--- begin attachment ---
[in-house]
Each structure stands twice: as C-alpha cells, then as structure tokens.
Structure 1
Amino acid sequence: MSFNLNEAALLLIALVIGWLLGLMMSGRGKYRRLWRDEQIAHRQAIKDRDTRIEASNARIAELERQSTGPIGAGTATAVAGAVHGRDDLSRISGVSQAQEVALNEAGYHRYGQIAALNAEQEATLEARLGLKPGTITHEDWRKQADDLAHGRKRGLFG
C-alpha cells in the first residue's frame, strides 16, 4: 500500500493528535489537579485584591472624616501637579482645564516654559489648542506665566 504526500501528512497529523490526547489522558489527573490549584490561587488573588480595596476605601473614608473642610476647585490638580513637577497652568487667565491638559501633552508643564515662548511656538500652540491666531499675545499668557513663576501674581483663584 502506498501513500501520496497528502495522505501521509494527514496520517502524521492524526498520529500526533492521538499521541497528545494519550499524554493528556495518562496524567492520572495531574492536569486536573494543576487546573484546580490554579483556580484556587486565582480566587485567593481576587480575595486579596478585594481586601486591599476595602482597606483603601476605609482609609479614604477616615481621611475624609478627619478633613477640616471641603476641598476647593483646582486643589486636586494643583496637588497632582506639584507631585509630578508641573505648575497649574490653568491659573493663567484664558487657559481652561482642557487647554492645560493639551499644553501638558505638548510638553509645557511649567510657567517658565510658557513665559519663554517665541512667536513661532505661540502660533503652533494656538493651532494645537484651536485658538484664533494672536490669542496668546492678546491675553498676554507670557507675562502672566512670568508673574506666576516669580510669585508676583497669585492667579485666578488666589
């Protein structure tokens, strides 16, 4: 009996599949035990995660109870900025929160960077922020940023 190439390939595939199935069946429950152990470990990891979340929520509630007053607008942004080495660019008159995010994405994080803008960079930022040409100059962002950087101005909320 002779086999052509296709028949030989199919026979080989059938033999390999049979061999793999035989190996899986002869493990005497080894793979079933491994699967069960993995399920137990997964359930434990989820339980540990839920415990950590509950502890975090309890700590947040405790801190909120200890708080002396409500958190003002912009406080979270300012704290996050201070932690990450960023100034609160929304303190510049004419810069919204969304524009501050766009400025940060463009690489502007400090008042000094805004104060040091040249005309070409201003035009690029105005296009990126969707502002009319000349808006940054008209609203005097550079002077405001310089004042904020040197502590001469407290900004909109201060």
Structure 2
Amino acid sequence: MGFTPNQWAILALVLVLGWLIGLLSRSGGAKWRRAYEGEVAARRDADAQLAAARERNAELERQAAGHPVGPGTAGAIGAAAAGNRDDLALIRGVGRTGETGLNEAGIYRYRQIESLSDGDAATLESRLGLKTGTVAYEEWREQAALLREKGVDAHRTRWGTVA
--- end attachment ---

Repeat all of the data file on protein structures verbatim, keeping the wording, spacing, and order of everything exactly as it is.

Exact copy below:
[in-house]
Each structure stands twice: as C-alpha cells, then as structure tokens.
Structure 1
Amino acid sequence: MSFNLNEAALLLIALVIGWLLGLMMSGRGKYRRLWRDEQIAHRQAIKDRDTRIEASNARIAELERQSTGPIGAGTATAVAGAVHGRDDLSRISGVSQAQEVALNEAGYHRYGQIAALNAEQEATLEARLGLKPGTITHEDWRKQADDLAHGRKRGLFG
C-alpha cells in the first residue's frame, strides 16, 4: 500500500493528535489537579485584591472624616501637579482645564516654559489648542506665566 504526500501528512497529523490526547489522558489527573490549584490561587488573588480595596476605601473614608473642610476647585490638580513637577497652568487667565491638559501633552508643564515662548511656538500652540491666531499675545499668557513663576501674581483663584 502506498501513500501520496497528502495522505501521509494527514496520517502524521492524526498520529500526533492521538499521541497528545494519550499524554493528556495518562496524567492520572495531574492536569486536573494543576487546573484546580490554579483556580484556587486565582480566587485567593481576587480575595486579596478585594481586601486591599476595602482597606483603601476605609482609609479614604477616615481621611475624609478627619478633613477640616471641603476641598476647593483646582486643589486636586494643583496637588497632582506639584507631585509630578508641573505648575497649574490653568491659573493663567484664558487657559481652561482642557487647554492645560493639551499644553501638558505638548510638553509645557511649567510657567517658565510658557513665559519663554517665541512667536513661532505661540502660533503652533494656538493651532494645537484651536485658538484664533494672536490669542496668546492678546491675553498676554507670557507675562502672566512670568508673574506666576516669580510669585508676583497669585492667579485666578488666589
């Protein structure tokens, strides 16, 4: 009996599949035990995660109870900025929160960077922020940023 190439390939595939199935069946429950152990470990990891979340929520509630007053607008942004080495660019008159995010994405994080803008960079930022040409100059962002950087101005909320 002779086999052509296709028949030989199919026979080989059938033999390999049979061999793999035989190996899986002869493990005497080894793979079933491994699967069960993995399920137990997964359930434990989820339980540990839920415990950590509950502890975090309890700590947040405790801190909120200890708080002396409500958190003002912009406080979270300012704290996050201070932690990450960023100034609160929304303190510049004419810069919204969304524009501050766009400025940060463009690489502007400090008042000094805004104060040091040249005309070409201003035009690029105005296009990126969707502002009319000349808006940054008209609203005097550079002077405001310089004042904020040197502590001469407290900004909109201060």
Structure 2
Amino acid sequence: MGFTPNQWAILALVLVLGWLIGLLSRSGGAKWRRAYEGEVAARRDADAQLAAARERNAELERQAAGHPVGPGTAGAIGAAAAGNRDDLALIRGVGRTGETGLNEAGIYRYRQIESLSDGDAATLESRLGLKTGTVAYEEWREQAALLREKGVDAHRTRWGTVA